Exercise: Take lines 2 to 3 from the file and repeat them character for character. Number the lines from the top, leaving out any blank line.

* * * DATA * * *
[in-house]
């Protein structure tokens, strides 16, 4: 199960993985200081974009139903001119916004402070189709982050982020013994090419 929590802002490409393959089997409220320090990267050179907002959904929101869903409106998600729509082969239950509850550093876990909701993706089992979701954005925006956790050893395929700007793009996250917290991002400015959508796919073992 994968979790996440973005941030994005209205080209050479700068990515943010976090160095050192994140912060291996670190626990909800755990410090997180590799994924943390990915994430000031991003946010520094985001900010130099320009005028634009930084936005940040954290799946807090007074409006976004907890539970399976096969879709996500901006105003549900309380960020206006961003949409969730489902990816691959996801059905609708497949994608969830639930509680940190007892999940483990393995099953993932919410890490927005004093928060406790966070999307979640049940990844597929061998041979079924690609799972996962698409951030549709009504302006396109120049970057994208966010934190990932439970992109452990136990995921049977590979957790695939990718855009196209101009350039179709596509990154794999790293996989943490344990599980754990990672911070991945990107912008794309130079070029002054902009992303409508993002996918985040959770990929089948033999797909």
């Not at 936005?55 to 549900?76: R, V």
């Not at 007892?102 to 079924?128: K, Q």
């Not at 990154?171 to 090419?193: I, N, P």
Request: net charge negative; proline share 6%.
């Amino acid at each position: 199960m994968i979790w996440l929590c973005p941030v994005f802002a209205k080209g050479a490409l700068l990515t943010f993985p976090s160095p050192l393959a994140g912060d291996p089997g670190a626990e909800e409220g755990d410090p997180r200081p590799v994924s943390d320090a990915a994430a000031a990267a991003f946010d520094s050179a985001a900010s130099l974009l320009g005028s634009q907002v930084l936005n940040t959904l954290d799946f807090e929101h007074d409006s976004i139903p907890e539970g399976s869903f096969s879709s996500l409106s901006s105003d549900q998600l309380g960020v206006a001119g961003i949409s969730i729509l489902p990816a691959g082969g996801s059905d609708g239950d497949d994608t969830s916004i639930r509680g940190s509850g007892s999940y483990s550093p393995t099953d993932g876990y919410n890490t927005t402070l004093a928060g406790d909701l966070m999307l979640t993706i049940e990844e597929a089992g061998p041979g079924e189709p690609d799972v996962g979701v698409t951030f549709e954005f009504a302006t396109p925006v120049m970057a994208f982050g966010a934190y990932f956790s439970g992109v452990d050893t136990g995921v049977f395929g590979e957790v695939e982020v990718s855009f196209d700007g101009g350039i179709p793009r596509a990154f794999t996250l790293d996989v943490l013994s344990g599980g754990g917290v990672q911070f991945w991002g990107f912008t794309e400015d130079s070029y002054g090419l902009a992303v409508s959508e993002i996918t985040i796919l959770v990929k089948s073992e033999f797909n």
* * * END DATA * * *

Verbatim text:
């Protein structure tokens, strides 16, 4: 199960993985200081974009139903001119916004402070189709982050982020013994090419 929590802002490409393959089997409220320090990267050179907002959904929101869903409106998600729509082969239950509850550093876990909701993706089992979701954005925006956790050893395929700007793009996250917290991002400015959508796919073992 994968979790996440973005941030994005209205080209050479700068990515943010976090160095050192994140912060291996670190626990909800755990410090997180590799994924943390990915994430000031991003946010520094985001900010130099320009005028634009930084936005940040954290799946807090007074409006976004907890539970399976096969879709996500901006105003549900309380960020206006961003949409969730489902990816691959996801059905609708497949994608969830639930509680940190007892999940483990393995099953993932919410890490927005004093928060406790966070999307979640049940990844597929061998041979079924690609799972996962698409951030549709009504302006396109120049970057994208966010934190990932439970992109452990136990995921049977590979957790695939990718855009196209101009350039179709596509990154794999790293996989943490344990599980754990990672911070991945990107912008794309130079070029002054902009992303409508993002996918985040959770990929089948033999797909």
């Not at 936005?55 to 549900?76: R, V």